“When people see how law relates to the technology they use, the food they eat, and just about every topic imaginable, that’s a real light bulb moment for them,” explains Kathleen M. Smith, J.D., director of the Fox Rothschild Center of Law and Society, who launched Law & Society Week with husband David Freeman J.D., an associate professor of Social Science at the College.

A complete list of events and activities is available on the website.

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Contact: Linda Wallace, 215-751-8082, liswallace@ccp.edu

National Recognition of College Administrators Who Give Back to Their Campuses and Communities

 

PHILADELPHIA, PA, February 20, 2017---David E.Thomas, Associate Vice President of Strategic Initiatives at Community College of Philadelphia has received the 2017 Giving Back Award from INSIGHT Into Diversity magazine, the oldest and largest diversity and inclusion publication in higher education. The Giving Back Award honors college and university administrators who go above and beyond their everyday leadership duties and “give back” to their campuses and communities. David Thomas will be featured, along with 38 other recipients, in the April 2017 Leadership Support and Giving Back issue of INSIGHT Into Diversity magazine.

Giving Back Award recipients were nominated by their colleagues and selected by INSIGHT Into Diversity based on their outstanding demonstration of social responsibility; involvement with students, faculty, staff, and the community; and commitment to serving underrepresented populations. Each honoree is recognized for his or her passion, dedication, and support for diversity and inclusion. “We are extremely proud of Dr. Thomas for his volunteer work and his outreach efforts, both of which ultimately expand opportunity to every neighborhood, and every child,” Dr. Donald Guy Generals said. “He exemplifies diversity and inclusion, at work and in his personal life.”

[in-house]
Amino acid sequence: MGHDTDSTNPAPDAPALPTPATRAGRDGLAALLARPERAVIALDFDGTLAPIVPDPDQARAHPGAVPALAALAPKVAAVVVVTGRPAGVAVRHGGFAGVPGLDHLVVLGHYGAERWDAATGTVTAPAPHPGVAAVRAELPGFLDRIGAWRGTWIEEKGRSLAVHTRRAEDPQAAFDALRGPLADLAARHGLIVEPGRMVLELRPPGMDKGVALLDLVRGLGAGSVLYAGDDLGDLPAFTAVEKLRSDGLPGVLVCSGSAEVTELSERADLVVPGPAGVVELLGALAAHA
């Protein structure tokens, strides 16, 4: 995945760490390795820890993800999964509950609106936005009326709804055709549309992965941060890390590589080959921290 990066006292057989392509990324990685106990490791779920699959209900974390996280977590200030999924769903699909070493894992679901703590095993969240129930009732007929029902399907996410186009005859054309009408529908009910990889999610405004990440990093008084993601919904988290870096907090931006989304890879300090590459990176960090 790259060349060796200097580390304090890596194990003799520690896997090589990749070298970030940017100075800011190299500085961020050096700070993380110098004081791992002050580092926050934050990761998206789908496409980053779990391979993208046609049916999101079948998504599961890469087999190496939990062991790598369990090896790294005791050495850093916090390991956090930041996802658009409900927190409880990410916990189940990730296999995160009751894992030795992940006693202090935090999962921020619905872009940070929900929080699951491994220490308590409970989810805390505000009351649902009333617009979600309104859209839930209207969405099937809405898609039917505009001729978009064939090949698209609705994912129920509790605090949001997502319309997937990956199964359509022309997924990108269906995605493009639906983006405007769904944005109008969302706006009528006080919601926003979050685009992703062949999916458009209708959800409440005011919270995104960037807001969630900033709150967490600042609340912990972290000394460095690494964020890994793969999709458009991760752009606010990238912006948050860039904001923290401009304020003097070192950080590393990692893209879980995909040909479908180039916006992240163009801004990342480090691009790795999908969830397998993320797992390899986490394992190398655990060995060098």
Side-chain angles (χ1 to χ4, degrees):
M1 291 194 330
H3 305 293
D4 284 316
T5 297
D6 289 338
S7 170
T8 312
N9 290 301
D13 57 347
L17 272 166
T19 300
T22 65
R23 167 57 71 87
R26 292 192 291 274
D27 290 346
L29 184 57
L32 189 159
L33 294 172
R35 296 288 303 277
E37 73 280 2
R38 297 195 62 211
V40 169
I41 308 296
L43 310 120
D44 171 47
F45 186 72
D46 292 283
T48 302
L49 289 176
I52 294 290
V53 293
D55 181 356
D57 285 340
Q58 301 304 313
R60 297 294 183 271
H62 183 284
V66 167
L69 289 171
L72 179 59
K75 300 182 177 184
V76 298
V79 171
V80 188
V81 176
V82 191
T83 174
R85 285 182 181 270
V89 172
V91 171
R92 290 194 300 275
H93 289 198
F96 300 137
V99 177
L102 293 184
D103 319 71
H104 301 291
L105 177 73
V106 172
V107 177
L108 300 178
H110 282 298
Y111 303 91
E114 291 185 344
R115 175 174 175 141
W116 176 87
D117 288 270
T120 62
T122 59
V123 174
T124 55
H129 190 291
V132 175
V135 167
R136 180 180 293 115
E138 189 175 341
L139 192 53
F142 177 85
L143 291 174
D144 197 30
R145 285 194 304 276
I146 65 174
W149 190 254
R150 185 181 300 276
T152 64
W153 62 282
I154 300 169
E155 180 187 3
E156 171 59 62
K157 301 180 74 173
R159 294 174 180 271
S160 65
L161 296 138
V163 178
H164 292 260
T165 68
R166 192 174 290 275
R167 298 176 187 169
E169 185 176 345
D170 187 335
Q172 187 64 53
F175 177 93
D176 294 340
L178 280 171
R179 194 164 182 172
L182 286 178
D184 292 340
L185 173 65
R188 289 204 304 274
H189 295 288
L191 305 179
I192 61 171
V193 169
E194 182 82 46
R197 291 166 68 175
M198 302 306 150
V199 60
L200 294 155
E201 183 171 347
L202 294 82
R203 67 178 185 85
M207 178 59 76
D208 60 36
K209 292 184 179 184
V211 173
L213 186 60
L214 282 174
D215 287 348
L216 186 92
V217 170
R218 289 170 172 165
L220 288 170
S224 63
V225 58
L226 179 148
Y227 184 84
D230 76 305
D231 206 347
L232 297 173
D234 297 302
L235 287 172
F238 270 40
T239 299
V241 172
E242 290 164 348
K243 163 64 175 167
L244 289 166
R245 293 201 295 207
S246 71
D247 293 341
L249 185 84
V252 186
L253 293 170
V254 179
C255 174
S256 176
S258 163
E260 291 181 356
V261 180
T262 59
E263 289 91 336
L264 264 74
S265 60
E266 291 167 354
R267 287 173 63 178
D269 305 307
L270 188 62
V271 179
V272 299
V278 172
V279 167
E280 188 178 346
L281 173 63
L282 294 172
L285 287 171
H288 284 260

INSIGHT Into Diversity magazine selected David E. Thomas because of his successful efforts to connect with diverse communities, and strengthen their economic and social fabric. For example, the College has partnered with Goodwill Industries in the designing and implementation of The Helms Academy Adult High School; which offers free courses to older adults seeking to attain their 30-credit state high school diploma, while simultaneously earning college credits. This unique model provides intensive case management and offers life skills training; career counseling and job placement supports; college admissions guidance; and academic development training.

Dr. Thomas, who also serves as Dean of Division of Access and Community Engagement at the College, assists on many boards and organizations. Most recently he was Foster Care Workgroup Program Chair for the Field Center for Children’s Policy, Practice, and Research at the University of Pennsylvania; a participant in the Reach Higher White House initiative; and lead higher education representative for My Brother’s Keeper White House Initiative, in Washington D.C.

“The Giving Back Award is being awarded to leaders of institutions of higher education who exemplify what it truly means to ‘give back’ to others,” says Holly Mendelson, publisher of INSIGHT Into Diversity magazine. “These administrators are role models, and we honor their efforts to promote diversity and inclusion on their campuses and in their communities.”

For more information about the 2017 Giving Back Award and INSIGHT Into Diversity magazine, visit insightintodiversity.com.

 

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Community College of Philadelphia is the largest public institution of higher education in Philadelphia and the sixth largest in Pennsylvania. The College enrolls approximately 34,000 students annually and offers day, evening, and weekend classes, as well as classes online. Visit the College at www.ccp.edu. Follow us on Twitter. Like us on Facebook.



Job Fair Registration

Please RSVP no later than Friday, March 31, 2017, to take advantage of Job Fair Week.